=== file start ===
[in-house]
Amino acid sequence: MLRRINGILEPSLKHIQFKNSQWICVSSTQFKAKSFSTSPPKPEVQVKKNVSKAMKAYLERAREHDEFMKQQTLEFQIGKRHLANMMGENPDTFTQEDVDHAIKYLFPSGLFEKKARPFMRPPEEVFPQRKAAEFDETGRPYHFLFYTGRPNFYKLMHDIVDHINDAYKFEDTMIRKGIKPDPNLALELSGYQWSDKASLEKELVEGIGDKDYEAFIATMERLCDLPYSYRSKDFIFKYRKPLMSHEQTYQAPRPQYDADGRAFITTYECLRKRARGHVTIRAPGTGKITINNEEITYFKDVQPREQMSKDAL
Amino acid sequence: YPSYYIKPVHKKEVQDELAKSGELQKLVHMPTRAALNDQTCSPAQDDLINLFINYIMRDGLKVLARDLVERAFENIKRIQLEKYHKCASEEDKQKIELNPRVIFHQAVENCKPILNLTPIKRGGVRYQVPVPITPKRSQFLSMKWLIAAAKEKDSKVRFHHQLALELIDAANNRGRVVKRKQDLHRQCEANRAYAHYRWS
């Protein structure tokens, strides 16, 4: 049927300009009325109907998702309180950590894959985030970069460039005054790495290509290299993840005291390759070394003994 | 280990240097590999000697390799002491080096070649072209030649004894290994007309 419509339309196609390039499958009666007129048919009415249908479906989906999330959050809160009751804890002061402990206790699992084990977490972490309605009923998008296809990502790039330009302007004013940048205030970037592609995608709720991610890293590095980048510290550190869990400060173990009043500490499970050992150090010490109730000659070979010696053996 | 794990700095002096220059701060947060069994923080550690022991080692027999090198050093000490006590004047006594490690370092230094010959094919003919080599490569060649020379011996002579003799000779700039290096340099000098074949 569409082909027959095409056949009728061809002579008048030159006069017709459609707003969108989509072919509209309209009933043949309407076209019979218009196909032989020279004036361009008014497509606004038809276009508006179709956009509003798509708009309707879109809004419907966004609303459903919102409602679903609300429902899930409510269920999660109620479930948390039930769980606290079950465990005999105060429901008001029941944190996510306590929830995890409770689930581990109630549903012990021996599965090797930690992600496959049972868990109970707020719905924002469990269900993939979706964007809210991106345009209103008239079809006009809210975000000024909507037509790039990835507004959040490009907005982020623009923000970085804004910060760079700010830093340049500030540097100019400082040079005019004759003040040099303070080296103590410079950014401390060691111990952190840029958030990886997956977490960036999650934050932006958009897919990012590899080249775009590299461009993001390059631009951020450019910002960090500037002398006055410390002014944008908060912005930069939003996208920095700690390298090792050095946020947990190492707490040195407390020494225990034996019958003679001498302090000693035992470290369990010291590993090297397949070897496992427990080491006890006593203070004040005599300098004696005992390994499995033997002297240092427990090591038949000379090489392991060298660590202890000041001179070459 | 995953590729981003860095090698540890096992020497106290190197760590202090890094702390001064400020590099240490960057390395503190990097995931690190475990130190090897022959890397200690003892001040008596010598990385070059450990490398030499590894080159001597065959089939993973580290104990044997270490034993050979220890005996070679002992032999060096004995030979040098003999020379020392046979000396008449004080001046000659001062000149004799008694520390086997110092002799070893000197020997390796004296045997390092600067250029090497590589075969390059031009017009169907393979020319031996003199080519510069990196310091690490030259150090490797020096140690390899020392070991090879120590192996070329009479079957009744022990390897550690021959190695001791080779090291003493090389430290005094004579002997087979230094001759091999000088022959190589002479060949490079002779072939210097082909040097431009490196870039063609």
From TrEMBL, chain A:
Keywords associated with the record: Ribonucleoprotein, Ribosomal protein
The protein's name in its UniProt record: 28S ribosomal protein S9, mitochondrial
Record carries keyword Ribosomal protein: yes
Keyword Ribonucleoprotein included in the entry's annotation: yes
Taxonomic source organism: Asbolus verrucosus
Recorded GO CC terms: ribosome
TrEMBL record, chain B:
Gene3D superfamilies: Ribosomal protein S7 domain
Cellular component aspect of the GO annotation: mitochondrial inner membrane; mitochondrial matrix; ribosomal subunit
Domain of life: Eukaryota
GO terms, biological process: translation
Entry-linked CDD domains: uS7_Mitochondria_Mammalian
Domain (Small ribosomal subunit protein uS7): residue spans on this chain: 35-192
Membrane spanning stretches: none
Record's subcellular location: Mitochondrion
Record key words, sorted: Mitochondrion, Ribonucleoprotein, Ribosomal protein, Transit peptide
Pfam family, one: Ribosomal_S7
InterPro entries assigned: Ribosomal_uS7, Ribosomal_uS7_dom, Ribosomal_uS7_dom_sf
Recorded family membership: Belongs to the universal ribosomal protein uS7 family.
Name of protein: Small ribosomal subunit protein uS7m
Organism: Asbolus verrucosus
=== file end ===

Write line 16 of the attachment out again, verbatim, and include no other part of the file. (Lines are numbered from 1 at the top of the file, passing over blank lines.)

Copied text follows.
GO terms, biological process: translation